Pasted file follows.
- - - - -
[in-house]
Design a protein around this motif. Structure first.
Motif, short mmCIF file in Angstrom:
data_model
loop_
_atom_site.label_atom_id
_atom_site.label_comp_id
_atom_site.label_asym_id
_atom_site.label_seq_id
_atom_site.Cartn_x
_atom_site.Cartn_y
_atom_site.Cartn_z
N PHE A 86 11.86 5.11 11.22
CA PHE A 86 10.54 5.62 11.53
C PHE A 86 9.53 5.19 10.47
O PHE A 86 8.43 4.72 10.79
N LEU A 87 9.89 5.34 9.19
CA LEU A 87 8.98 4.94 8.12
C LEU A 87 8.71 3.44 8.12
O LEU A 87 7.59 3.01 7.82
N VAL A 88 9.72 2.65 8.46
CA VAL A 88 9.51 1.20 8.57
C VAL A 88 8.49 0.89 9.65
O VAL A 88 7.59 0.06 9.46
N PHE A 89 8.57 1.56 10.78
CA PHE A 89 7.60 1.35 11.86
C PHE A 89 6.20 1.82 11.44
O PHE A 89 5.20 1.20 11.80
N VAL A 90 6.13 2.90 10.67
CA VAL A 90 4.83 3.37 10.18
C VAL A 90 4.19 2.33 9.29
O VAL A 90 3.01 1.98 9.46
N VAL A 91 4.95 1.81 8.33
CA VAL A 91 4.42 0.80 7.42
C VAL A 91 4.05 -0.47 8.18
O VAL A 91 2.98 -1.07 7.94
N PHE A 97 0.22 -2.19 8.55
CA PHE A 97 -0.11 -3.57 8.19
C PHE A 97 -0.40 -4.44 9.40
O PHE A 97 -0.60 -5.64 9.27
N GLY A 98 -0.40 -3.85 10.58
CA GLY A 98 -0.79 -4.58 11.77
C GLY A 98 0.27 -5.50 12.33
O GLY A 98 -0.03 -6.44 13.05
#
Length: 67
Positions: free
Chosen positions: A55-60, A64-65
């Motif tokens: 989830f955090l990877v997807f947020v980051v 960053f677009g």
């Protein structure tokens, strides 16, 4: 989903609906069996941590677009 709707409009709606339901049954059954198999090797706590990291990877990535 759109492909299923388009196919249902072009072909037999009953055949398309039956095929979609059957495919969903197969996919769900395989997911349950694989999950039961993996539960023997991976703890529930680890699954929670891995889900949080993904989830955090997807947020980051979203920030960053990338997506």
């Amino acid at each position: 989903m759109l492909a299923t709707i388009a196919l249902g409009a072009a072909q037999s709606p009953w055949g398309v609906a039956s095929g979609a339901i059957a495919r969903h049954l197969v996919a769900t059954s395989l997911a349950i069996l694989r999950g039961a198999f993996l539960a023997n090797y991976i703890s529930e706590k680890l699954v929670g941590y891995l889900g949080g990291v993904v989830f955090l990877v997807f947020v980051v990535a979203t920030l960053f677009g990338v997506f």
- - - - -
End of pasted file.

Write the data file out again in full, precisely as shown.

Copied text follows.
[in-house]
Design a protein around this motif. Structure first.
Motif, short mmCIF file in Angstrom:
data_model
loop_
_atom_site.label_atom_id
_atom_site.label_comp_id
_atom_site.label_asym_id
_atom_site.label_seq_id
_atom_site.Cartn_x
_atom_site.Cartn_y
_atom_site.Cartn_z
N PHE A 86 11.86 5.11 11.22
CA PHE A 86 10.54 5.62 11.53
C PHE A 86 9.53 5.19 10.47
O PHE A 86 8.43 4.72 10.79
N LEU A 87 9.89 5.34 9.19
CA LEU A 87 8.98 4.94 8.12
C LEU A 87 8.71 3.44 8.12
O LEU A 87 7.59 3.01 7.82
N VAL A 88 9.72 2.65 8.46
CA VAL A 88 9.51 1.20 8.57
C VAL A 88 8.49 0.89 9.65
O VAL A 88 7.59 0.06 9.46
N PHE A 89 8.57 1.56 10.78
CA PHE A 89 7.60 1.35 11.86
C PHE A 89 6.20 1.82 11.44
O PHE A 89 5.20 1.20 11.80
N VAL A 90 6.13 2.90 10.67
CA VAL A 90 4.83 3.37 10.18
C VAL A 90 4.19 2.33 9.29
O VAL A 90 3.01 1.98 9.46
N VAL A 91 4.95 1.81 8.33
CA VAL A 91 4.42 0.80 7.42
C VAL A 91 4.05 -0.47 8.18
O VAL A 91 2.98 -1.07 7.94
N PHE A 97 0.22 -2.19 8.55
CA PHE A 97 -0.11 -3.57 8.19
C PHE A 97 -0.40 -4.44 9.40
O PHE A 97 -0.60 -5.64 9.27
N GLY A 98 -0.40 -3.85 10.58
CA GLY A 98 -0.79 -4.58 11.77
C GLY A 98 0.27 -5.50 12.33
O GLY A 98 -0.03 -6.44 13.05
#
Length: 67
Positions: free
Chosen positions: A55-60, A64-65
């Motif tokens: 989830f955090l990877v997807f947020v980051v 960053f677009g």
């Protein structure tokens, strides 16, 4: 989903609906069996941590677009 709707409009709606339901049954059954198999090797706590990291990877990535 759109492909299923388009196919249902072009072909037999009953055949398309039956095929979609059957495919969903197969996919769900395989997911349950694989999950039961993996539960023997991976703890529930680890699954929670891995889900949080993904989830955090997807947020980051979203920030960053990338997506």
């Amino acid at each position: 989903m759109l492909a299923t709707i388009a196919l249902g409009a072009a072909q037999s709606p009953w055949g398309v609906a039956s095929g979609a339901i059957a495919r969903h049954l197969v996919a769900t059954s395989l997911a349950i069996l694989r999950g039961a198999f993996l539960a023997n090797y991976i703890s529930e706590k680890l699954v929670g941590y891995l889900g949080g990291v993904v989830f955090l990877v997807f947020v980051v990535a979203t920030l960053f677009g990338v997506f």